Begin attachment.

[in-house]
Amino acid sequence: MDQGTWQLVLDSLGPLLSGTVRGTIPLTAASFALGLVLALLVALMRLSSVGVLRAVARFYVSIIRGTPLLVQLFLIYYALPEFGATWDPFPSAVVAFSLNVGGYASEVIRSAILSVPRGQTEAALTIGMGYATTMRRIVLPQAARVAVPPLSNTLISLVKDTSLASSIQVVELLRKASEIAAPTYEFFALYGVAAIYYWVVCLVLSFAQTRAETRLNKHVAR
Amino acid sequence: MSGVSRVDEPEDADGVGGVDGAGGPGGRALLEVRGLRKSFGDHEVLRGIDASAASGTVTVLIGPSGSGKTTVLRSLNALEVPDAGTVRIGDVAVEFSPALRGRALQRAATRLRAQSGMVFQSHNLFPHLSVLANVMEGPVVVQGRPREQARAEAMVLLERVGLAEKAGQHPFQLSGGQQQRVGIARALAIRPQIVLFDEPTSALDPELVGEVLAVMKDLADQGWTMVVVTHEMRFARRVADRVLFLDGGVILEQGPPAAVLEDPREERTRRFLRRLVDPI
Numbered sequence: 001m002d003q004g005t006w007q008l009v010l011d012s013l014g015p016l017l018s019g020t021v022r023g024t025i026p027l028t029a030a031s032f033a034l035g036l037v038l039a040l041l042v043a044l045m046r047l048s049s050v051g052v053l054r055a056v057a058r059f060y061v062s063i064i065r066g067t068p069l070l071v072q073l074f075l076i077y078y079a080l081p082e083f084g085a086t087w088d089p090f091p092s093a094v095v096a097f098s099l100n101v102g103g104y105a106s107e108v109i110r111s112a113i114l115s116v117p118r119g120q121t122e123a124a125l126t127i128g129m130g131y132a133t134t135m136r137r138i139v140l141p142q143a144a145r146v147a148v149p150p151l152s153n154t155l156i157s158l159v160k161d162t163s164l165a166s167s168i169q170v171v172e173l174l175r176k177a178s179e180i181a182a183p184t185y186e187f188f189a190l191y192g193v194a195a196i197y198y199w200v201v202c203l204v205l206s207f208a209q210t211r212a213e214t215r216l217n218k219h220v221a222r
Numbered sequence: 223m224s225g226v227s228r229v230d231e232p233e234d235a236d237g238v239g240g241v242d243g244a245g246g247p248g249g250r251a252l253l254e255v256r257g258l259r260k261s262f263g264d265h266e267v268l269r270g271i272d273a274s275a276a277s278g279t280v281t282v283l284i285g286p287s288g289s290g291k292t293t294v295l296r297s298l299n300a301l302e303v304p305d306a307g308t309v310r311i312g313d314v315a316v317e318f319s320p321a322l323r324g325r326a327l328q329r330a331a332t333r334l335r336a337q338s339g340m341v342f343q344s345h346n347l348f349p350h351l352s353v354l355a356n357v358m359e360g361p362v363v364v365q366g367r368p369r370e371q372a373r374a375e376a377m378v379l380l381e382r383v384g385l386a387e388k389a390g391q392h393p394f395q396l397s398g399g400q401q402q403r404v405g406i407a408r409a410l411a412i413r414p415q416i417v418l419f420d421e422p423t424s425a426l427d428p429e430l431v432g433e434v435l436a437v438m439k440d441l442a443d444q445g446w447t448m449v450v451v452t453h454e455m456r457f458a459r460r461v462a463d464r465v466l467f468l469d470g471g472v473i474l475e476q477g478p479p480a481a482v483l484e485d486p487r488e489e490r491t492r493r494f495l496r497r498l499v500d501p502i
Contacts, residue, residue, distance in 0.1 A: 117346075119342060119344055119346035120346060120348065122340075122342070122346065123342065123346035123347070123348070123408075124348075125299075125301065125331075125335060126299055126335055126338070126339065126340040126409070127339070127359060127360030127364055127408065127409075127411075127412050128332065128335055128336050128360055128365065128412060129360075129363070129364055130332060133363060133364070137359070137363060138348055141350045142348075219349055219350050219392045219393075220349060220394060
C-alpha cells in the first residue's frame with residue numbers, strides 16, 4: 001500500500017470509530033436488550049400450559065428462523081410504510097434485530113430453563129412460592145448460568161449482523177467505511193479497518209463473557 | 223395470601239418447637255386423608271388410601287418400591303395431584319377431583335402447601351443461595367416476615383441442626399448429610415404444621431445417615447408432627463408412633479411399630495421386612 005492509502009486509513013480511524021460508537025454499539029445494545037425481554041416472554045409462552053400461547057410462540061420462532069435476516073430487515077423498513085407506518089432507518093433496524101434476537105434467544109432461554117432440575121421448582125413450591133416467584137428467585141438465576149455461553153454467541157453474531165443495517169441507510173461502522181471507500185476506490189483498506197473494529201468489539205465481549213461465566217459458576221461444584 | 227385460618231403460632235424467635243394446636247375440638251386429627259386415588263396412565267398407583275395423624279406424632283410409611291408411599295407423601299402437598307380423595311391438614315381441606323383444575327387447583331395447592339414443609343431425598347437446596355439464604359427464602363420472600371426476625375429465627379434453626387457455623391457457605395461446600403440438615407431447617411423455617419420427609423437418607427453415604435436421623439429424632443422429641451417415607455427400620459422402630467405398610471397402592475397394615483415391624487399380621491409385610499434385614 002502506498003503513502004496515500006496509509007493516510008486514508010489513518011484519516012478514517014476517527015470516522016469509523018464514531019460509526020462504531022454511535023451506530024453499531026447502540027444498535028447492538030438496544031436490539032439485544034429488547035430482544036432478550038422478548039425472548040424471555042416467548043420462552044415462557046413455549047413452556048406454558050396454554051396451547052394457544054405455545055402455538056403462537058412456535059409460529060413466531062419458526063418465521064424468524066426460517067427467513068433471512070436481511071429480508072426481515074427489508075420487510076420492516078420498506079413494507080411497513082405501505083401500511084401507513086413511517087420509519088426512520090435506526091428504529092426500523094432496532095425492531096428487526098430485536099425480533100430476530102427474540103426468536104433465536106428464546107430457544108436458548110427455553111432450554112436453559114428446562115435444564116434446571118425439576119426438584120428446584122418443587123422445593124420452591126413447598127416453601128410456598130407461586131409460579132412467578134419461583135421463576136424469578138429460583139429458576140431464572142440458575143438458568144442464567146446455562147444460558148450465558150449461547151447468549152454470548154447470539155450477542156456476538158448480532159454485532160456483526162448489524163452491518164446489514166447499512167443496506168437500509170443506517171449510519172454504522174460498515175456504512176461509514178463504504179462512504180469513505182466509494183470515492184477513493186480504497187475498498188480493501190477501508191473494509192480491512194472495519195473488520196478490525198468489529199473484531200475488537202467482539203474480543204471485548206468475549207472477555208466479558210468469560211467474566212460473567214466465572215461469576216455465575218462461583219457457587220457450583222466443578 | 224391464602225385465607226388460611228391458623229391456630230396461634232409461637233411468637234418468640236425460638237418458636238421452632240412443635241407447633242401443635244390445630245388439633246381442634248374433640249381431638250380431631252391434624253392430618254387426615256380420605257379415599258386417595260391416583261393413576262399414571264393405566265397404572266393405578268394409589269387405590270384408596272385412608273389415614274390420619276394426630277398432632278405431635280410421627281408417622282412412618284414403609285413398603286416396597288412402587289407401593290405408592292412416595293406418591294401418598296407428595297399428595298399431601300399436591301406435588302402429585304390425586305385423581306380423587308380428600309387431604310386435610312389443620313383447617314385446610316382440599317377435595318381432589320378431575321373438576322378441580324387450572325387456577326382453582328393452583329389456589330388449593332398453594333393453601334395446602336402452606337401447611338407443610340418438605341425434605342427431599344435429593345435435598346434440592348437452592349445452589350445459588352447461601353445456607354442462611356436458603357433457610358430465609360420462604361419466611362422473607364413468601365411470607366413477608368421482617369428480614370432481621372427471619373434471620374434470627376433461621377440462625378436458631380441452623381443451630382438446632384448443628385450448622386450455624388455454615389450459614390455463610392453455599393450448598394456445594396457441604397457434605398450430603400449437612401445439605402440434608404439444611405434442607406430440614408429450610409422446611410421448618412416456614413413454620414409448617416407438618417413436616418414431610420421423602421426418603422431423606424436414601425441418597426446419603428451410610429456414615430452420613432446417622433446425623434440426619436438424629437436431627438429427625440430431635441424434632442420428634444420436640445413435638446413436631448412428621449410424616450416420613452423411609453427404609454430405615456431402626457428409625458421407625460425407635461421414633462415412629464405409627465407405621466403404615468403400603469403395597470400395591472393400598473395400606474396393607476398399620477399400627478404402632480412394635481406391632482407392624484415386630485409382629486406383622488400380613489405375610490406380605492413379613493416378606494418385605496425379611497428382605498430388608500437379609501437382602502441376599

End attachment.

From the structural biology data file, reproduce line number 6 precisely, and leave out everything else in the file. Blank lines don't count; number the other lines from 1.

Contacts, residue, residue, distance in 0.1 A: 117346075119342060119344055119346035120346060120348065122340075122342070122346065123342065123346035123347070123348070123408075124348075125299075125301065125331075125335060126299055126335055126338070126339065126340040126409070127339070127359060127360030127364055127408065127409075127411075127412050128332065128335055128336050128360055128365065128412060129360075129363070129364055130332060133363060133364070137359070137363060138348055141350045142348075219349055219350050219392045219393075220349060220394060